Fourth message: What benefit is there for us, the Arabs?

Nothing! We went in different directions when we took different stands. The fate of Syria is yet to be determined by the decisions that will be taken away from the will of its people, and in non-Arab capitals.

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Renewable energy & socioeconomic changes http://www.dailynewsegypt.com/2017/04/05/620992/ http://www.dailynewsegypt.com/2017/04/05/620992/#respond Wed, 05 Apr 2017 07:30:56 +0000 http://www.dailynewsegypt.com/?p=620992 Stepping into the era of renewable energy (RE) will bring forth big socioeconomic changes all over the world. It will introduce a new industry and new means of living to all sorts of people. Those having vocal skills will work on the projects, operations, and all supported industries, such as agriculture and transportation. But the …

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Stepping into the era of renewable energy (RE) will bring forth big socioeconomic changes all over the world. It will introduce a new industry and new means of living to all sorts of people. Those having vocal skills will work on the projects, operations, and all supported industries, such as agriculture and transportation.

But the high impact will be on the normal citizens, from whom governments will buy their energy.

Inhabitants and households could install solar panels on their roofs—or with the advanced silicon film solar panels, they can install them on their glass windows and start to generate power that could be saved on batteries and fed into the national grid. Governments will be most willingly to buy this extra clean energy at good prices all year.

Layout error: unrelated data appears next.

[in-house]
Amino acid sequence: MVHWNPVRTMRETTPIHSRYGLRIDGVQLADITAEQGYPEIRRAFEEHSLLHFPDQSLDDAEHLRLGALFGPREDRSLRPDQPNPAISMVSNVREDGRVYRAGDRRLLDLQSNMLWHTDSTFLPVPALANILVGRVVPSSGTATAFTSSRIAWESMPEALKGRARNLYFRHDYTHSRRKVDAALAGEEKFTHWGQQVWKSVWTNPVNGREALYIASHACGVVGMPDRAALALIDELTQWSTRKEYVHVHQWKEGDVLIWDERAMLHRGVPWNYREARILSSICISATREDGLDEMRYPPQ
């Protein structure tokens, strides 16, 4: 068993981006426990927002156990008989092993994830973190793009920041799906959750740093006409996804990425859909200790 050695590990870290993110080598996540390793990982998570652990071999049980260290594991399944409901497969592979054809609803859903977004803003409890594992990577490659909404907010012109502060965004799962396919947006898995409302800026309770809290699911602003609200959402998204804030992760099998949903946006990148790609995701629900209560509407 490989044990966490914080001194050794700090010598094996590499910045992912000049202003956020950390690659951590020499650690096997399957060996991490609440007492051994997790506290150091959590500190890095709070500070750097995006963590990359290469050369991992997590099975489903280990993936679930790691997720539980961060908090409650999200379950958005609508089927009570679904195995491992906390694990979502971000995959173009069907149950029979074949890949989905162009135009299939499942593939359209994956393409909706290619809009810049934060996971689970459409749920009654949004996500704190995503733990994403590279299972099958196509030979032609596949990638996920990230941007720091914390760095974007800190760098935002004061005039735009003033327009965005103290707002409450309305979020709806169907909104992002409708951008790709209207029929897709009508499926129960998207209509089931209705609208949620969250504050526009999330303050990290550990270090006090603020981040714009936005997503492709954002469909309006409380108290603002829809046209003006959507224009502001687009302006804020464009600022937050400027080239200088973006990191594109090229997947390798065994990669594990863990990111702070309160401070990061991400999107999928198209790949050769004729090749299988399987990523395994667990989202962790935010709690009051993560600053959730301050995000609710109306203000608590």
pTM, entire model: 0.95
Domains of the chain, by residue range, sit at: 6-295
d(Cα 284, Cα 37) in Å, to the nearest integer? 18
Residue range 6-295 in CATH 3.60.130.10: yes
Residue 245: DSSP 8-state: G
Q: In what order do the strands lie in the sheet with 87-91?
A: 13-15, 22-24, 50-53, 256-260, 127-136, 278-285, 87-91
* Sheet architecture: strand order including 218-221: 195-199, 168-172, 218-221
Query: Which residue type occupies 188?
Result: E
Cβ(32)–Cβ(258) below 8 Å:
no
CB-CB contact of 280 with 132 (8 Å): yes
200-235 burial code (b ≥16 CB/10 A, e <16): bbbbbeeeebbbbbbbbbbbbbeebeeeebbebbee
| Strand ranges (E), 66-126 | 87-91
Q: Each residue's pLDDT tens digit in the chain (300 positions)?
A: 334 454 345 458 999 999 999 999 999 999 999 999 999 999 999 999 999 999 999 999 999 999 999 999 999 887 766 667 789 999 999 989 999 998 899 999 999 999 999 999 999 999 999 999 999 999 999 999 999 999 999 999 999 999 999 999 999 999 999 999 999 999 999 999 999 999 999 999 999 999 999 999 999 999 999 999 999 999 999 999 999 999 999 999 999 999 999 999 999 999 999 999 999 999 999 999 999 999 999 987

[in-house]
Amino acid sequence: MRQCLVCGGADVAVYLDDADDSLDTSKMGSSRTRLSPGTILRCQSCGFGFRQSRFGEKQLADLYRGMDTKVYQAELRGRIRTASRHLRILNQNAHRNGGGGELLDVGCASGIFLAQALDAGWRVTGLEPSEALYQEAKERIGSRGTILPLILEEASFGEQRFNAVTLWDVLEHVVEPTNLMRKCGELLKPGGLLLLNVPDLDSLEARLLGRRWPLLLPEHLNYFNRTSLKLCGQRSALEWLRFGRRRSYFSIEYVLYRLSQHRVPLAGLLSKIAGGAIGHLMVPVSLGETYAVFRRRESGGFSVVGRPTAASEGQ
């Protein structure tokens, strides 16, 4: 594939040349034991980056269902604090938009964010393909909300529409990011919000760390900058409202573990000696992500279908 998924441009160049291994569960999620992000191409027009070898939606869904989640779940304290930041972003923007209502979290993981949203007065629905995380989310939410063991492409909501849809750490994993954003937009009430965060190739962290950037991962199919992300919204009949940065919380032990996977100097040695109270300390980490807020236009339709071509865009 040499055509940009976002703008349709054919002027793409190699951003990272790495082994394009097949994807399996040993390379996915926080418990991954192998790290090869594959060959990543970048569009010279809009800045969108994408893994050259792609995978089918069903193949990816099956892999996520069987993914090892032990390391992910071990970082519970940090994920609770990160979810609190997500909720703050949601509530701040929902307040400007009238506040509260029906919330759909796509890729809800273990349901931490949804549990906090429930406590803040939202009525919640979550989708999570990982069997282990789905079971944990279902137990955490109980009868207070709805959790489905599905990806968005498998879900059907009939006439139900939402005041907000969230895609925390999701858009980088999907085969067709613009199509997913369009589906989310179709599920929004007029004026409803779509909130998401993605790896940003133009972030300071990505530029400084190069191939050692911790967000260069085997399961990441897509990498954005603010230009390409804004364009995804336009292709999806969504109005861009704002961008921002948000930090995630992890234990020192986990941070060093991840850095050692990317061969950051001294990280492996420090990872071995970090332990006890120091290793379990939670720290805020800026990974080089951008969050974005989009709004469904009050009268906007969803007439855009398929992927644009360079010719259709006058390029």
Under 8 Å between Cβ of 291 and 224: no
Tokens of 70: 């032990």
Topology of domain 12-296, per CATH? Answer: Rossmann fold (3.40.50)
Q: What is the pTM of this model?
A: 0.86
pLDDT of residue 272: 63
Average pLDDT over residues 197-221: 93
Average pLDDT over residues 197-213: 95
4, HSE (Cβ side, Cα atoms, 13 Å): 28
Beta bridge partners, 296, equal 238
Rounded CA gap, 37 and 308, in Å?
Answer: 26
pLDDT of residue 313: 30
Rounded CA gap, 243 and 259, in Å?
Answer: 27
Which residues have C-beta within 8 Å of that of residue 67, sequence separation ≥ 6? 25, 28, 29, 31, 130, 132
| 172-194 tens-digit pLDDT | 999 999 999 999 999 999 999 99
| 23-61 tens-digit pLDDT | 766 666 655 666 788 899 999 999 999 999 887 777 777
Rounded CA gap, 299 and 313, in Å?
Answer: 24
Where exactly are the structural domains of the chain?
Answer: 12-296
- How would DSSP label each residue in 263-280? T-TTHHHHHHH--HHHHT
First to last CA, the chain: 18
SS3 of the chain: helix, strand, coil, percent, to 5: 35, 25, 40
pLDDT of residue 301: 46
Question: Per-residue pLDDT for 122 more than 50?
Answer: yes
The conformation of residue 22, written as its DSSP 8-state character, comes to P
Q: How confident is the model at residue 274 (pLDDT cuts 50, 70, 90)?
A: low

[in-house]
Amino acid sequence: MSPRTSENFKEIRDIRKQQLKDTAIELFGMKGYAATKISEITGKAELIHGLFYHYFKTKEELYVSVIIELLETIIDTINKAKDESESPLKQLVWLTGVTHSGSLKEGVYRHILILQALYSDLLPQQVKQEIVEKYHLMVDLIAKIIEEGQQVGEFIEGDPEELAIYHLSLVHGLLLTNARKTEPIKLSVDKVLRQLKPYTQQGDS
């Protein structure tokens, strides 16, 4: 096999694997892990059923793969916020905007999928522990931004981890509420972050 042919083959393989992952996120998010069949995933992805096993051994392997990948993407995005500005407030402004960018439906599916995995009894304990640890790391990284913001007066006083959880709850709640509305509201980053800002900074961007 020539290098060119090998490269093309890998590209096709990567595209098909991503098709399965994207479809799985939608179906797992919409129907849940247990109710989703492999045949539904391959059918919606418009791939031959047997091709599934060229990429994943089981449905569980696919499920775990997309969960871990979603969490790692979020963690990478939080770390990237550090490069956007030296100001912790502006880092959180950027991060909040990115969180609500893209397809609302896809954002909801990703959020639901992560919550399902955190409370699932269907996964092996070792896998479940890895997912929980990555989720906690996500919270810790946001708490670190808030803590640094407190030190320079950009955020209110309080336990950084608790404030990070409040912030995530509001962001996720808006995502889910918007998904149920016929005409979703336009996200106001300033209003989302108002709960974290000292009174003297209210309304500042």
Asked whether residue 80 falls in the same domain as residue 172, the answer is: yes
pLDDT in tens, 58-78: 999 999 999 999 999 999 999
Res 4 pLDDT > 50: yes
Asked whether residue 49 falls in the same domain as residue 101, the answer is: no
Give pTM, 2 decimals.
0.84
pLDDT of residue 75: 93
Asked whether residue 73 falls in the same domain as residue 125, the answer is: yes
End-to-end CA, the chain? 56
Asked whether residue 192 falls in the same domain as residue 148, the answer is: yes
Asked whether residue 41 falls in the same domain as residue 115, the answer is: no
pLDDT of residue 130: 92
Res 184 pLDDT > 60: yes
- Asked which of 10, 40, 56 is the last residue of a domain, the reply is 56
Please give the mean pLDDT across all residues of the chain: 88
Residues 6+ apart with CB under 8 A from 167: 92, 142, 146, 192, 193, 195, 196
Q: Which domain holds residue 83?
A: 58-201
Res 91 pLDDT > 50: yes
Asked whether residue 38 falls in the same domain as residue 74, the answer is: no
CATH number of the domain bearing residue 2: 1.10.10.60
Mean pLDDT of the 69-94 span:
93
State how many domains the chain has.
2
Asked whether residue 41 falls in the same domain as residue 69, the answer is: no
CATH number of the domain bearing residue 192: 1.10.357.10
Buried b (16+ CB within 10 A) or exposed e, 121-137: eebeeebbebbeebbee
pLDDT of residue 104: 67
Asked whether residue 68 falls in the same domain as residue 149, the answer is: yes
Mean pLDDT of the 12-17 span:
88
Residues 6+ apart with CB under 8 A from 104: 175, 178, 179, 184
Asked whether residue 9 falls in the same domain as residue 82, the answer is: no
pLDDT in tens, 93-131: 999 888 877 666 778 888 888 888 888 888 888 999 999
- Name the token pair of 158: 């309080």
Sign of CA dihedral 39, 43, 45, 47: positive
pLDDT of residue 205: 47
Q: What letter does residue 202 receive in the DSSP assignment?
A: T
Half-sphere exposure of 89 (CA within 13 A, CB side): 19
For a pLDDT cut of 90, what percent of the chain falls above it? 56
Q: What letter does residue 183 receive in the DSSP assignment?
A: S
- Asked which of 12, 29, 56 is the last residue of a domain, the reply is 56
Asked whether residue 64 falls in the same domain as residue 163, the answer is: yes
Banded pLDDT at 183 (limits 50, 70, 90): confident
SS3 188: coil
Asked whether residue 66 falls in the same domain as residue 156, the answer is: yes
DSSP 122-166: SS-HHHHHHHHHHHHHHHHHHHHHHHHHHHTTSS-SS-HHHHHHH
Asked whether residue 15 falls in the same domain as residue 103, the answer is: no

These small setups are actually small solar farms which are accumulated to generate a high rate of power output that could be transferred to any part of the world through international electric grids.

So a small house in Egypt’s Sinai can generate electricity that could light a house in Siberia. This small cell of power generation could generate a humongous amount of clean and cheap energy. Besides that, it could be a mean of decent living and a source of revenue for many people from all classes.

In Germany there are full solar roof top communities .These communities achieve the power generation of a huge solar station. Now, the generation of power is decentralised and localised, with no need to connect to far central stations through cables and transformers; houses are directly plugged in to their own power generation on the roof top.

Houses export the excess power through the grid to various areas which need this excess power.

The oil market became very volatile and vulnerable because of political conflicts. Nations that are poor of fossil fuel energy are always at the mercy of OPEC countries. In other words, some nations cannot live without OPEC countries, and history has shown us how OPEC countries can use this wealth against other nations and control the market.

In order to achieve energy security, nations have to depend on their natural RE resources, which are available everywhere.

Sun, wind, biomass, and hydroelectricity are there and can generate enough power for any nation that has the will to dedicate the necessary resources.

This security will provide nations with political security as well because they can make their own decisions and choices without any outside threats or manipulations.